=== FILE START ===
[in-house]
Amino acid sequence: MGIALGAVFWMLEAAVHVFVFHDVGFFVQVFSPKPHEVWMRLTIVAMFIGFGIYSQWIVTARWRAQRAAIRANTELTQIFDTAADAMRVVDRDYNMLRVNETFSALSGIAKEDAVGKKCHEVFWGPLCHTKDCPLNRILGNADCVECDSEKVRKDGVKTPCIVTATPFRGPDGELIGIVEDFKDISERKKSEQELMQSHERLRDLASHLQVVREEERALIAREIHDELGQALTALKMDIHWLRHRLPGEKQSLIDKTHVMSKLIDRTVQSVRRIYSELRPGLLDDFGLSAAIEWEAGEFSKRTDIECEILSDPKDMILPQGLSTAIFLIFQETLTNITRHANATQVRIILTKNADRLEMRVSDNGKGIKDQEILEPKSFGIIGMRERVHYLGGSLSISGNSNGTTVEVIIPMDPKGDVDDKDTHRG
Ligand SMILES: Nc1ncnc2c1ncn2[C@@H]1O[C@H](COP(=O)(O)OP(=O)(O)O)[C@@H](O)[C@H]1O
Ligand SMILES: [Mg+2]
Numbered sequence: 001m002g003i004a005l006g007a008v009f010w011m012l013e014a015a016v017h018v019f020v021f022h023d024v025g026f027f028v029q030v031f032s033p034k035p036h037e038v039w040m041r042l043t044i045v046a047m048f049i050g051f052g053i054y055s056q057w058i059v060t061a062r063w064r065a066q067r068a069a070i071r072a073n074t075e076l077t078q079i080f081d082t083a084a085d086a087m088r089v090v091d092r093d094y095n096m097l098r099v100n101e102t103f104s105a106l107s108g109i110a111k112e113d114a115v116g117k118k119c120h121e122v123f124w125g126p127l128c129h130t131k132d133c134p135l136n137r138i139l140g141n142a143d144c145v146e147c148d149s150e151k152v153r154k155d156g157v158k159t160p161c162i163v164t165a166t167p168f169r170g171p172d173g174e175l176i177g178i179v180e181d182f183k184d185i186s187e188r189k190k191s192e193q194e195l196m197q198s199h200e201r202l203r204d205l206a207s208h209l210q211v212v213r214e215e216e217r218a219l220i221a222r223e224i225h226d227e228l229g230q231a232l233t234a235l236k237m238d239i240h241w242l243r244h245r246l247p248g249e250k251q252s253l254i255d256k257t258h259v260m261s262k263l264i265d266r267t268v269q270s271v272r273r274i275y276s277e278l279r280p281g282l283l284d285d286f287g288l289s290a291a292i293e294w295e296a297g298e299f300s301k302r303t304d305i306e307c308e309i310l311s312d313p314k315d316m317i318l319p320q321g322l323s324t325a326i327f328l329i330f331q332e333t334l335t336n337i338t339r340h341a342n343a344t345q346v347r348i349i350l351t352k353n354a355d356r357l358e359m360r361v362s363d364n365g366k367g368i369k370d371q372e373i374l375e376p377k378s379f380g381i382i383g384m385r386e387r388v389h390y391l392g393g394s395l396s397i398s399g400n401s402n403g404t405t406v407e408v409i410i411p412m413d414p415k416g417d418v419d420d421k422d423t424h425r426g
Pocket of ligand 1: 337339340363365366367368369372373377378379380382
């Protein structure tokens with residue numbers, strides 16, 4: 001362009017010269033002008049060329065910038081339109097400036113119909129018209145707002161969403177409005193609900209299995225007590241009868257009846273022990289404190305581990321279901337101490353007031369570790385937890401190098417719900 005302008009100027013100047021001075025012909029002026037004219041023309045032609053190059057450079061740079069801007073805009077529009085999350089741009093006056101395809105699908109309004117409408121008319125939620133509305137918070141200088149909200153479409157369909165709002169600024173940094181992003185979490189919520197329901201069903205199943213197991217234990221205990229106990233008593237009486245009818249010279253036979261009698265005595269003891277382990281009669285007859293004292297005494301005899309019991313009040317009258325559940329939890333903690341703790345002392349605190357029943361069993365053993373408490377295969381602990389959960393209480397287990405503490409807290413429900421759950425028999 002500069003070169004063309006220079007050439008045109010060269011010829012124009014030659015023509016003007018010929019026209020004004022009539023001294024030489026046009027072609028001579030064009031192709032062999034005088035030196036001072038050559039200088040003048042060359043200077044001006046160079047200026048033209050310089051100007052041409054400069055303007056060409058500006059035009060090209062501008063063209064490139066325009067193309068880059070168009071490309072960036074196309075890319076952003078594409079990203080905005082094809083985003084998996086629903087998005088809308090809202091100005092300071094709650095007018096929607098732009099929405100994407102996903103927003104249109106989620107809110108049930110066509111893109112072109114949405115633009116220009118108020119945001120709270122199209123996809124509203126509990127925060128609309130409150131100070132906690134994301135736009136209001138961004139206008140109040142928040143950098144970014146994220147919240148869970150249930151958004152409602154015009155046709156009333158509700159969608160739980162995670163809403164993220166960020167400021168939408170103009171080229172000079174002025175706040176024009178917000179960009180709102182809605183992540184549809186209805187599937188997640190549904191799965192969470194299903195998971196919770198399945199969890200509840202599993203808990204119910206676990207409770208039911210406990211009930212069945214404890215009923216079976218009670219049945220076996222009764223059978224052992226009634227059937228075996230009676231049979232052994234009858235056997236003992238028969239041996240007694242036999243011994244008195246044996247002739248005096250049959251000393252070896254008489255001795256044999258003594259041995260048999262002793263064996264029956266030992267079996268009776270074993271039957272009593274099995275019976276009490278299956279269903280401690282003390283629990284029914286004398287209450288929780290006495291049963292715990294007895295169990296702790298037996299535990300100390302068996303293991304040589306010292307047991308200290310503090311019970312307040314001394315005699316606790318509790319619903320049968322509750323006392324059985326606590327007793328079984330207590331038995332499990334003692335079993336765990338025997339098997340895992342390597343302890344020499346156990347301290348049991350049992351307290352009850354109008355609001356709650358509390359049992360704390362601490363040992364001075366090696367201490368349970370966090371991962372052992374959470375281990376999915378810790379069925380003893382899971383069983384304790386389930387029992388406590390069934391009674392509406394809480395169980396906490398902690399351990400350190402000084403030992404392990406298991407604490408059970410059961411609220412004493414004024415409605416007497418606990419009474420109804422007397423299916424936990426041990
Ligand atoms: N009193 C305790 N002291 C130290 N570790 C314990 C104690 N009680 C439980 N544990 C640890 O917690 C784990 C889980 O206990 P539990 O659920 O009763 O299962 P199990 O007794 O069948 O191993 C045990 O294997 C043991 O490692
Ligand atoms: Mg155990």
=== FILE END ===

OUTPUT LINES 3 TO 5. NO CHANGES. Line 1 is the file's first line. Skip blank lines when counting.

Ligand SMILES: Nc1ncnc2c1ncn2[C@@H]1O[C@H](COP(=O)(O)OP(=O)(O)O)[C@@H](O)[C@H]1O
Ligand SMILES: [Mg+2]
Numbered sequence: 001m002g003i004a005l006g007a008v009f010w011m012l013e014a015a016v017h018v019f020v021f022h023d024v025g026f027f028v029q030v031f032s033p034k035p036h037e038v039w040m041r042l043t044i045v046a047m048f049i050g051f052g053i054y055s056q057w058i059v060t061a062r063w064r065a066q067r068a069a070i071r072a073n074t075e076l077t078q079i080f081d082t083a084a085d086a087m088r089v090v091d092r093d094y095n096m097l098r099v100n101e102t103f104s105a106l107s108g109i110a111k112e113d114a115v116g117k118k119c120h121e122v123f124w125g126p127l128c129h130t131k132d133c134p135l136n137r138i139l140g141n142a143d144c145v146e147c148d149s150e151k152v153r154k155d156g157v158k159t160p161c162i163v164t165a166t167p168f169r170g171p172d173g174e175l176i177g178i179v180e181d182f183k184d185i186s187e188r189k190k191s192e193q194e195l196m197q198s199h200e201r202l203r204d205l206a207s208h209l210q211v212v213r214e215e216e217r218a219l220i221a222r223e224i225h226d227e228l229g230q231a232l233t234a235l236k237m238d239i240h241w242l243r244h245r246l247p248g249e250k251q252s253l254i255d256k257t258h259v260m261s262k263l264i265d266r267t268v269q270s271v272r273r274i275y276s277e278l279r280p281g282l283l284d285d286f287g288l289s290a291a292i293e294w295e296a297g298e299f300s301k302r303t304d305i306e307c308e309i310l311s312d313p314k315d316m317i318l319p320q321g322l323s324t325a326i327f328l329i330f331q332e333t334l335t336n337i338t339r340h341a342n343a344t345q346v347r348i349i350l351t352k353n354a355d356r357l358e359m360r361v362s363d364n365g366k367g368i369k370d371q372e373i374l375e376p377k378s379f380g381i382i383g384m385r386e387r388v389h390y391l392g393g394s395l396s397i398s399g400n401s402n403g404t405t406v407e408v409i410i411p412m413d414p415k416g417d418v419d420d421k422d423t424h425r426g